Method A retrospective audit was performed on all admissions with diagnosis of sickle cell pain from January to December 2013. Case notes of 54 patients were reviewed using pre-specified audit criteria. Types of analgesics administered at home and in hospital and pain scores were recorded where available from the case notes.
Results Over the one-year period, 91 admissions were recorded. The average age was 6.6 years (±4.1), with the majority of children (45%) aged between 1 and 5 years. The most prevalent haemoglobinopathy was HbSS (82%). The majority of patients (61%) had a single painful crisis admission, 33% had 2–3 admissions, and the remainder presented with four or more admissions.
Most patients (93%) received one or more analgesics prior to admission. The drug of choice varied, with paracetamol and ibuprofen been the most frequently utilised combination (43%), while 22% received opioids (20% had codeine). Similar to the pre-admission trends, a wide range of analgesics were utilised in hospital with the majority of patients receiving paracetamol and ibuprofen combination (43%). The doses utilised at home were considerably less than those given on admission, suggesting inadequate pain management at home. Codeine was given in 37% of the cases in and it was observed that patients who received codeine had significantly higher initial pain scores on admission compared with those who did not receive codeine. However the administration of codeine did not greatly improve the pain scores and additional step up analgesia was required in 10% of cases who received codeine in hospital.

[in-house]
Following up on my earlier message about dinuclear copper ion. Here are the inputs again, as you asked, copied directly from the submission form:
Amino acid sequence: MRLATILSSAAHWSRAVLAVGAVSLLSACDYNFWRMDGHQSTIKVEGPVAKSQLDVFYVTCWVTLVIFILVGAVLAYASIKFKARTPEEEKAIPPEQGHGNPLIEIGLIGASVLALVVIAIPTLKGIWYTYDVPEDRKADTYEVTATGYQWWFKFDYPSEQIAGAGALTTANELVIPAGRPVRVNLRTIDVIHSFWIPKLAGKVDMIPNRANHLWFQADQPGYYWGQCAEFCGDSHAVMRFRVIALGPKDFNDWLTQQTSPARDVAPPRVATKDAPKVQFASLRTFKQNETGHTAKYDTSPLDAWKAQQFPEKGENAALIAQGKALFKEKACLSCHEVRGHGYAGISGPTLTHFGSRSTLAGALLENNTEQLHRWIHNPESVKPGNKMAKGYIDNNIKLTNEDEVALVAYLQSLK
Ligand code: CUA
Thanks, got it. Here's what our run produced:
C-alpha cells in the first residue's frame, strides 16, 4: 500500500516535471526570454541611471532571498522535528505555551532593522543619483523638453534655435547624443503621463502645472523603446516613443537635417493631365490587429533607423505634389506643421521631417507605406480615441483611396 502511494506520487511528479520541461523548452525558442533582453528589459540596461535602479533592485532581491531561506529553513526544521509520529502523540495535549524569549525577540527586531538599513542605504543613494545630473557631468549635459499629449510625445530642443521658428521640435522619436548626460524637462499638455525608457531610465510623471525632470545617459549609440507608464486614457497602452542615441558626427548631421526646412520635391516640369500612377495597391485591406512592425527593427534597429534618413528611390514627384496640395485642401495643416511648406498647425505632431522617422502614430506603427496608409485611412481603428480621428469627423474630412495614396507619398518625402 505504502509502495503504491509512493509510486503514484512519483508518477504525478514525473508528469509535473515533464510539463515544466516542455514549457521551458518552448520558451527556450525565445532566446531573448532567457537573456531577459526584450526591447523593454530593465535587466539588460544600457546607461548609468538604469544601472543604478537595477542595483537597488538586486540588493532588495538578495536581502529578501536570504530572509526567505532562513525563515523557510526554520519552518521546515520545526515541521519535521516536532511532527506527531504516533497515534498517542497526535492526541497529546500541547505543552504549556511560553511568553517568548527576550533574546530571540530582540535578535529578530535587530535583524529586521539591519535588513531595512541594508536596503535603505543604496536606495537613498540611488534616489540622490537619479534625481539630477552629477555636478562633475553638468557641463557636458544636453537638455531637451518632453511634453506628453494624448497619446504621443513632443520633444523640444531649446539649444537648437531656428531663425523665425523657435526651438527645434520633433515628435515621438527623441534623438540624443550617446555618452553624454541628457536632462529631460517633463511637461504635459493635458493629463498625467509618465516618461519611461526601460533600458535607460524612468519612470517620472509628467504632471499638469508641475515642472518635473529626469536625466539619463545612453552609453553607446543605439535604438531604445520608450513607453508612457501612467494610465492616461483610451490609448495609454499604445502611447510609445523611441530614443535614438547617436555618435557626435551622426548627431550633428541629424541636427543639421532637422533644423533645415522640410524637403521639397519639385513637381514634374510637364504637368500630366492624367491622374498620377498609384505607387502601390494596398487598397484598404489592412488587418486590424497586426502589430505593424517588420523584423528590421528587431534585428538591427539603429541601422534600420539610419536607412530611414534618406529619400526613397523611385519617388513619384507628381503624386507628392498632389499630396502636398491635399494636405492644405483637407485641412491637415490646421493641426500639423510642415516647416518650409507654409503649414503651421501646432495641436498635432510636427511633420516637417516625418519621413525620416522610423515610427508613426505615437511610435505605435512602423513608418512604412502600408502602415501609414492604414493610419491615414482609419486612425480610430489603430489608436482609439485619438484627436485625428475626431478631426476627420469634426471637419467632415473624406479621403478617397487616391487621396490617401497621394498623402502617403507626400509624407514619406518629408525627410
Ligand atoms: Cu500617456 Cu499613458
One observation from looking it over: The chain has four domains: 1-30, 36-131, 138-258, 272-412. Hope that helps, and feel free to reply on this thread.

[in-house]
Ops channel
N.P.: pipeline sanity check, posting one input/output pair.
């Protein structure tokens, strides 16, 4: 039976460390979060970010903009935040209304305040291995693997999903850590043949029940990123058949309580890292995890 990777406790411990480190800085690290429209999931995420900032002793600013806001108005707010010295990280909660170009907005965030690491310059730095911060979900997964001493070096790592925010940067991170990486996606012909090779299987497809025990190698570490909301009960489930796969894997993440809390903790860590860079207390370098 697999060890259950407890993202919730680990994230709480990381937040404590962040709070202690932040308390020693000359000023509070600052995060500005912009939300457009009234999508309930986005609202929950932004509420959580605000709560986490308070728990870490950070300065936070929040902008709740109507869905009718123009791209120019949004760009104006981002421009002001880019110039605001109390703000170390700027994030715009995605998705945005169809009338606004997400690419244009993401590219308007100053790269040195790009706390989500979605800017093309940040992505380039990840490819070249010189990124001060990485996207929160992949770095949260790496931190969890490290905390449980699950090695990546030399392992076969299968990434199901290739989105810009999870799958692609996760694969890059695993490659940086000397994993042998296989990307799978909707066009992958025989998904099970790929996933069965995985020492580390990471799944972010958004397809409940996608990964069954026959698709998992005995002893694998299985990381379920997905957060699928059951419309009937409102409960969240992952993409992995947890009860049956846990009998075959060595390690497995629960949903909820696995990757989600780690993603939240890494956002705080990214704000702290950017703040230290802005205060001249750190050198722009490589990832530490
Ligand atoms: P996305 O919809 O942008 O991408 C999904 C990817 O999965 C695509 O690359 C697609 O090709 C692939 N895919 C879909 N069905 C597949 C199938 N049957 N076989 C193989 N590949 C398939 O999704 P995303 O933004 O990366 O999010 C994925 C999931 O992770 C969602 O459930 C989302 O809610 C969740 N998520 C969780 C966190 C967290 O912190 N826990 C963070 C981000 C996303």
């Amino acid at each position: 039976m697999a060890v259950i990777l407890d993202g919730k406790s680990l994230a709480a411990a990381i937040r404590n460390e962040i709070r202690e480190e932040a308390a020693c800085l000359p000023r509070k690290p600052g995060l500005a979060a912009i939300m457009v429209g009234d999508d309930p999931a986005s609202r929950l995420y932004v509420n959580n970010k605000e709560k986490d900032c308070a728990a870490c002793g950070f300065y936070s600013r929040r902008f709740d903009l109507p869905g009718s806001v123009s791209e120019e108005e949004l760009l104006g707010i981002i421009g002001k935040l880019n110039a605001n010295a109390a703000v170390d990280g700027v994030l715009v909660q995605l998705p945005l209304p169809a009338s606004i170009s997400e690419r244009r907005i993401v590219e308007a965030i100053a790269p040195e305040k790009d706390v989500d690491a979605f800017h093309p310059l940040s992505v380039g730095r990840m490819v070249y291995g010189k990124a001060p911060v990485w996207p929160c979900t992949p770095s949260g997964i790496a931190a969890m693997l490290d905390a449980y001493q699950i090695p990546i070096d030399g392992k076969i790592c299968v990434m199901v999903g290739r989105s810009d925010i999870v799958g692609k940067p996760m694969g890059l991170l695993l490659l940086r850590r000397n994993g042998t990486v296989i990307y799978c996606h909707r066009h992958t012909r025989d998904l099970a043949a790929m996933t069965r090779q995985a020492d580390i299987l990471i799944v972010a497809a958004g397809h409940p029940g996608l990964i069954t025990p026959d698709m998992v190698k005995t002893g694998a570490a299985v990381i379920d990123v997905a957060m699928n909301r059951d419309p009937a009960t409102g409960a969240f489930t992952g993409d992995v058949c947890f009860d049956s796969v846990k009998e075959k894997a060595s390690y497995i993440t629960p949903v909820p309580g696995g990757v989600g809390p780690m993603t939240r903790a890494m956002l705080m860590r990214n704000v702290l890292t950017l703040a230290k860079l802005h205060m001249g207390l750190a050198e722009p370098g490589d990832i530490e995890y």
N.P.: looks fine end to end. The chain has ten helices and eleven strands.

Conclusion Clear analgesic benefits could not be demonstrated for codeine use with regards to the outcome of efficacy. Although dihydrocodeine is now the weak opioid of choice at our unit added safety measures similar to those with codeine are in place. The audit was limited by poor documentation which have been addressed by the introduction of clearer updated local documents.
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